So happens that in this particular instance, Moishe may have good reason to fall on his face; efsher he fainted. Did the desert heat get to him? Not! Instead, let’s read this shtikel Gemora which grada we covered last week. Says the heylige Gemora  (Sanhedrin 109) that Moishe fell down when he heard that he was suspected of adultery. Ober does the heylige Toirah suggest that Moishe was accused of adultery? Not! What’s pshat? Why would the heylige Gemora introduce this conspiracy theory? Ver veyst? Says the Mishkenot Yaakov HaSefardi in Mayana shel Torah, so gishmak, azoy: There are times when the most telling indictments are made without mentioning a word of reproof. In an argument between two people, when one says “I’m not evil,” the implication is that “I’m not evil — but you are!” When Moishe heard Koirach say, “All of them (the Jewish People) are holy,” the implication was that “they are all holy – but you aren’t!” The diametrical opposite of holiness is immorality. When Moishe heard that implicit but inescapable accusation, he fell to the ground. Veyter!

In Bamidbar (16:22), when the RBSO was getting ready to mete out community punishment for the sins of but a few (ok, 250 plus a few more), we read this:

(כב) וַיִּפְּל֤וּ עַל־פְּנֵיהֶם֙ וַיֹּ֣אמְר֔וּ אֵ֕ל אֱלֹהֵ֥י הָרוּחֹ֖ת לְכָל־בָּשָׂ֑ר הָאִ֤ישׁ אֶחָד֙ יֶחֱטָ֔א וְעַ֥ל כָּל־הָעֵדָ֖ה תִּקְצֹֽף׃

But they fell on their faces and said, “O God, Source of the breath of all flesh! When one man sins, will You be wrathful with the whole community?” This time, Moishe and Aharoin fell on their faces because they found it unfair that the RBSO would kill the whole community when only part of them sinned. After that, (following the face fall), the RBSO agreed to not kill the community as a whole but only the people who rebelled.

And in Bamidbar (17:10), also in Parshas Koirach, we read this:

(י) הֵרֹ֗מּוּ מִתּוֹךְ֙ הָעֵדָ֣ה הַזֹּ֔את וַאֲכַלֶּ֥ה אֹתָ֖ם כְּרָ֑גַע וַֽיִּפְּל֖וּ עַל־פְּנֵיהֶֽם׃

(10) “Remove yourselves from this community, that I may annihilate them in an instant.” They fell on their faces.

We repeat earlier questions: what’s up with the face falling? Is it but an expression? Or, did they mamish go down? Did they take a fall as do NBA and NHL players? Did they take a flop? Or, did they mamish fall on their faces? For what purpose? Did Moishe alone, and or Moishe and Aharoin together always fall for the same reason? And did the face falling bring about the desired result? Shoin, so many questions, ober where can we find answers?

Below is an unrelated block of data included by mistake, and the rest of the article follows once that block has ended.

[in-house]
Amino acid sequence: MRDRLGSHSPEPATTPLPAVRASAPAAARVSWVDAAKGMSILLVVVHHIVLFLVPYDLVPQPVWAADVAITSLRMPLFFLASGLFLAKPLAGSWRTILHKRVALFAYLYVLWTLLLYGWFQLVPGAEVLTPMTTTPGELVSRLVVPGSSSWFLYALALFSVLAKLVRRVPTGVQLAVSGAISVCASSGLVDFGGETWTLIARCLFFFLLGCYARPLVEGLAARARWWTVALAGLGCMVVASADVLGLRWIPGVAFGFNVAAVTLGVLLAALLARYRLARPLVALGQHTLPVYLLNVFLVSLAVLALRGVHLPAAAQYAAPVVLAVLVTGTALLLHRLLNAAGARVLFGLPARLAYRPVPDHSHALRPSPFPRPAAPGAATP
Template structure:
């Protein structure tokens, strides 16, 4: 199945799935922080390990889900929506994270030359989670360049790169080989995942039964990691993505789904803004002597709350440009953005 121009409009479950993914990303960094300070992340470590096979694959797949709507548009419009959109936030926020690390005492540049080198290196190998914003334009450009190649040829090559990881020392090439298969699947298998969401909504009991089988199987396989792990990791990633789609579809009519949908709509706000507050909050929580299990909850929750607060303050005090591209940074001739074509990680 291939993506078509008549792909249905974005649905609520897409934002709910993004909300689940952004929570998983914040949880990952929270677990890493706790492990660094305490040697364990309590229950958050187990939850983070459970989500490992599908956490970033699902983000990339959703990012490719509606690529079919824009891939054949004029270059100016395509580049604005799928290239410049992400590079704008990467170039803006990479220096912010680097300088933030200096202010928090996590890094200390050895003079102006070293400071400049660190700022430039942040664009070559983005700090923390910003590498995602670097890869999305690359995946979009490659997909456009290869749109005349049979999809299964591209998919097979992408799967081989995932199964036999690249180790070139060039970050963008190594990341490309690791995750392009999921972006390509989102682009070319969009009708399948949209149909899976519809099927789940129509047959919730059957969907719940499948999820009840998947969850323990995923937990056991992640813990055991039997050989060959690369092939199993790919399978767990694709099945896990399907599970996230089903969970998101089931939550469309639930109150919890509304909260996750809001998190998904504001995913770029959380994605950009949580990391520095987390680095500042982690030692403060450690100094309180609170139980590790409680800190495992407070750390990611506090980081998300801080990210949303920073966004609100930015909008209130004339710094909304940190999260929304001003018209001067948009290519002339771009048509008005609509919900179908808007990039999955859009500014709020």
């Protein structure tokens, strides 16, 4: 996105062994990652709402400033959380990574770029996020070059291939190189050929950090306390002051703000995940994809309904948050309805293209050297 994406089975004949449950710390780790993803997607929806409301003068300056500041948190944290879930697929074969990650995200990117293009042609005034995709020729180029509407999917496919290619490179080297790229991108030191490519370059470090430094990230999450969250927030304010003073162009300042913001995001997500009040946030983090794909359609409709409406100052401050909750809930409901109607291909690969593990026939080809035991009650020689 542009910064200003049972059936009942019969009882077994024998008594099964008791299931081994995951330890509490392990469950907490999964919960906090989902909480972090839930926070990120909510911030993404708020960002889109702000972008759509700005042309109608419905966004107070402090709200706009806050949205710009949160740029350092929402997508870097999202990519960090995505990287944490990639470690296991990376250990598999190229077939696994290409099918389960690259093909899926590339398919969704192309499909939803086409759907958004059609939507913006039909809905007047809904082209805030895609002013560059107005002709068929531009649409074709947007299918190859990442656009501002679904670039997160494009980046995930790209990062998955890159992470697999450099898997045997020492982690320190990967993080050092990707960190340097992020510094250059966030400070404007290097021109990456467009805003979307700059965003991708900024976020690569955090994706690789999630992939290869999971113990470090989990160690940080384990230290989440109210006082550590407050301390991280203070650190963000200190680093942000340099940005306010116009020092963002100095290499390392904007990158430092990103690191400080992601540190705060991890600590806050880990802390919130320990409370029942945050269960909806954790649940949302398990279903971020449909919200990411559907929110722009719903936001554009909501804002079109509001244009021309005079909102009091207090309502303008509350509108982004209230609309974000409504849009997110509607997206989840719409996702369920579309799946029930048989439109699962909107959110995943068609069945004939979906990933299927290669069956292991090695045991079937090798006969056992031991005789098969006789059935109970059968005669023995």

Shoin, given that face- falling is featured in three consecutive parshas, and that at times it involved only Moishe and at others, both Moishe and Aharoin, avada it’s understood that our sages of yore would weigh in with their own understanding of what went down here. Let’s see what a few had to say.

Says Rabaynu Bechaya, “they fell on their faces” (Moishe and Aharoin),” in prayer. And in case you’ve been wondering -ever since you started going to shul-  why we -sort of- fall, or cover our faces while reciting the “tachnun” prayer, listen to this. Says Rabaynu Bechaya, veyter, azoy:  this is the source for our prostrating ourselves during certain parts of our prayers, supplications. In other words, this is why we cover our faces while reciting the prayer of “tachnun.”  It was good for Moishe and Aharoin, it should be good for you was well.

Another flavor: Says the sefer Sha’arei Aharon quoting the Shach who proposes an answer based on the Ibn Ezra (got all that?) that prophecy cannot take place during moments of sadness. During the uprising with Koirach, and at other times -all mentioned above- the Yiddin went off the reservation -so to speak- and voiced their issues (mostly about food and drink), and it’s avada understood that Moishe was sad, upset, and at times even angry. Due to his level of despair, Moishe — the token novee  — lost his nevuah. He could not prophesy.  Says the Ibn Ezra azoy: the reason Moishe fell on his face was in order to restore his nevuah. He needed to lose the anger in order to receive the transmission from the RBSO. Exactly how falling on one’s face changed the mood and reconnected the signal, ver veyst. This need for immediate contact with the RBSO was at times felt by Moishe alone, and at other times also by Aharoin.